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Speech by Professor BrinsleySamaroo
At the University of Trinidad and Tobago

Monday, 01 August 2011

"A Sugar Heritage Village"

On 18th May 2011 the Prime Minister opened a project which had been long in the making, namely the Sugar Heritage Village and Museum at Brechin Castle, Couva.  That project is important because this nation started its road to development with the sugar industry which obtained its first boost with the arrival of Roume de St. Laurent and his French compatriots and their slaves in 1783.  From its beginnings in Northern Trinidad the industry gradually moved to the Central and Southern areas as slavery continued to provide the necessary labour.  After emancipation in 1838 Indian indentured labourers were brought in to replace African workers.  But all the Africans did not abandon the plantations; many remained as cartermen, boilers, carpenters, mechanics, cane weighers and policemen.  Here on the plains of Caroni and the Naparimas, the Ganges met the Nile as the two major races struggled to keep the economy on a sound footing.   In the process they created a culture of sugar which still dominates the life of the former sugar lands.

In 1937 there were two major developments which occurred on these sugar lands.  One was the formation of the All Trinidad Sugar Estates Factory Workers Trade Union which for the first time gave representation to many thousands of sugar workers who had revolted in 1935, 1936 and 1937 against slave conditions on the sugar estates.  Now, under the leadership of Adrian Cola Rienzi they transformed the nature of the industry.  At the same time, Caroni (1937) was created when Tate and Lyle, a British multi-national company bought our Caroni Sugar Estates (Trinidad) Ltd making a conglomerate which included Waterloo on the Western coast and Brechin Castle in Couva.  Brechin Castle, the headquarters, by 1940 its landscape was changed by the construction of the factory and the four cooling ponds at the back as well as major company offices, the dispensary, Sevilla School, Sevilla Club and residences for the mainly expatriate senior staff.  In 1960 Caroni bought out Usine Ste. Madeleine which had grown considerably since its founding in 1870.  In 1975 the State bought the conglomerate, calling it Caroni (1975) Ltd which continued producing sugar but also went into diversification, producing citrus, prawns, large and small ruminants and rice.  By the end of the 20th century as oil became increasingly significant, the sugar industry and agriculture generally sank into a low second place until the state closed down Caroni Ltd in 2003, retrenching 9,000 workers directly and a further 35,000.00 who were indirectly dependent on the industry.  Just over 75,000.00 acres of land now became available for other uses.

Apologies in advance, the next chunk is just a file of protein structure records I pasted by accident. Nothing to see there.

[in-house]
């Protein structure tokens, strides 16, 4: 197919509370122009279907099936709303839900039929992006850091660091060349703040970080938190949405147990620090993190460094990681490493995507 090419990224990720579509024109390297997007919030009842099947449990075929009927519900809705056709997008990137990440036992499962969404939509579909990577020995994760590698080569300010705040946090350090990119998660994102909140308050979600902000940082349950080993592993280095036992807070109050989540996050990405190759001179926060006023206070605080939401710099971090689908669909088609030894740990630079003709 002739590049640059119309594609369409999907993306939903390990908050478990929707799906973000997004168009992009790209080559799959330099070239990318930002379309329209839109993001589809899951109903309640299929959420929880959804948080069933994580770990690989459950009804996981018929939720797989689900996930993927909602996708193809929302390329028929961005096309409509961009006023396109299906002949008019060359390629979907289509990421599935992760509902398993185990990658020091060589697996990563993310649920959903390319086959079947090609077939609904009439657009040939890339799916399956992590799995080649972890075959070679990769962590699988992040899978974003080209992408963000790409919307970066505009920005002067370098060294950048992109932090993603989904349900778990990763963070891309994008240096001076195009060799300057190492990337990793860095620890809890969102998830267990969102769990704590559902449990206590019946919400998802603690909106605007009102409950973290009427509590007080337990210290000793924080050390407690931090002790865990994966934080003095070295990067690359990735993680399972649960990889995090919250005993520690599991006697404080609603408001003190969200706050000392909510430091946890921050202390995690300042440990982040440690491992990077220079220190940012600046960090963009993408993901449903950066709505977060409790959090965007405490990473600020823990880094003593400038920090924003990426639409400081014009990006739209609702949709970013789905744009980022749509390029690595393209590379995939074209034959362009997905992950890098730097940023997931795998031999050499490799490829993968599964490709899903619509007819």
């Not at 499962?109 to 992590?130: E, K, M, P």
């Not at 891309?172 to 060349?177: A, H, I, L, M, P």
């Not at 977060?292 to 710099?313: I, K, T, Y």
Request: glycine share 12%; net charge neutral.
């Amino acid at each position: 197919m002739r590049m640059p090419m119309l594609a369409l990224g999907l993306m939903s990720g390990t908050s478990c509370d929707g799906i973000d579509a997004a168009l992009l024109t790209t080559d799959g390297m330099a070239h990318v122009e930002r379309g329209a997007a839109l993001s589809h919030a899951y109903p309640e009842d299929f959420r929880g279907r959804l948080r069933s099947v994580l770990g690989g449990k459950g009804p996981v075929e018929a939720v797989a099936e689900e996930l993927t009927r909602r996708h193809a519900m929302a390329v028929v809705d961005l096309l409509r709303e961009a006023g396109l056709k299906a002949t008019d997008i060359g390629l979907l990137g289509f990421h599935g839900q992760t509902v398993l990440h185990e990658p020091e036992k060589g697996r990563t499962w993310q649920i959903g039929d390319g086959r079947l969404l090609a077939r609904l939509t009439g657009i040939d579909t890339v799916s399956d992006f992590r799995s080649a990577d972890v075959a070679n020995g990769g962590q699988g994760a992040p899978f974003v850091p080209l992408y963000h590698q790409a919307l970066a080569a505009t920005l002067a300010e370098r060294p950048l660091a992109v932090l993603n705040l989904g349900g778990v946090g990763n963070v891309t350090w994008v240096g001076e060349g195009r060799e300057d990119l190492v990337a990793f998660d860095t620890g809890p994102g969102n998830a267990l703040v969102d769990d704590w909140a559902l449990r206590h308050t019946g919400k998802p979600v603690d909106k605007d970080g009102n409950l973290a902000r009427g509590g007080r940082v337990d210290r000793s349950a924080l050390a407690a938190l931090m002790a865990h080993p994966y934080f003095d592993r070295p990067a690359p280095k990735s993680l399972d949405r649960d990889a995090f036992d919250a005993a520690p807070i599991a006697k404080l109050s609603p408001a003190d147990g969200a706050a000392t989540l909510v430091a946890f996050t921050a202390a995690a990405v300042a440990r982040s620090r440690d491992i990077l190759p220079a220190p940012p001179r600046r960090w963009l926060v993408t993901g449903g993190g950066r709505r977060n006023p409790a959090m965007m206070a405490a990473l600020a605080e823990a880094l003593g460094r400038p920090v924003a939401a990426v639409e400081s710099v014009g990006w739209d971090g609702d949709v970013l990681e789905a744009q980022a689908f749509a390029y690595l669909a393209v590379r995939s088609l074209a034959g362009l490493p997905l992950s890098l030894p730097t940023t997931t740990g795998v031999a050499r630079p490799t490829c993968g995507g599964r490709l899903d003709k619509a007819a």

The need to preserve this heritage was a challenge taken up by The Academy for Arts, Letters, Culture and Public Affairs at the University of Trinidad and Tobago in 2008. Since that time, a team from UTT has been meeting with the principal stakeholders and has been discussing proposals for the establishment of a Sugar Museum and Heritage Village.  In February 2011 the nation’s Cabinet endorsed the work that has been on-going through the establishment of a co-ordinating Committee comprising the major interest groups in this enterprise.  This committee now meets regularly to do further planning for the 560 acre project.  A long list of projects has been drawn up; these will be outlined in this article.  At the present time an archive of books, pamphlets tapes, letters and a wide variety of other documents have been collected and stored at the old pharmacy buildings.  This can be of considerable use to researchers in a wide range of areas pertinent to the sugar industry.  A visitor reception centre and project office has been established on the Brechin Castle compound and artifacts relating to the industry are being collected and stored pending the opening of the Museum at Sevilla House.

The Co-ordinating committee works under the aegis of the Ministry of Tourism and has drawn up a list of proposed projects such as the Heritage Village which will re-create life on the sugar estates, complete with labourers, ajoupas, implements used on the estates, railways lines, engines and recreational spaces.  There will be a replica exhibit of the old sugar factory, to be assembled from materials retrieved from sugar establishments of yester year.  There will be a living sugar cane museum consisting of all the varieties of canes brought to Trinbago over the centuries.  Such a (small-scale) museum currently exists at the former experimental station at Waterloo; this will be transferred to Brechin Castle and extended in size.  There are a few empty unused buildings on the compound, formerly officers’ homes.  These will be re-furbished and used as a cultural centre, conference centre and accommodation for visiting researchers and visitors to the Heritage Village.  The Four Ponds area at the back of the factory will be converted into a recreation park, using much of the present landscape but making the resort more people-friendly.

These are some of the ideas behind what the state hopes to be a major tourist centre for Caribbean and non-Caribbean people.  However, of equal importance is the need to appraise the nation of a major factor in our evolution from slavery and indentureship into nationhood.  The Sugar Museum and Heritage Village has to be a major identity-maker, a symbol of achievement for people who are ignorant of what we have achieved over the centuries.  With state support and public co-operation this project will be a major boost to our efforts to make ourselves a truly independent people.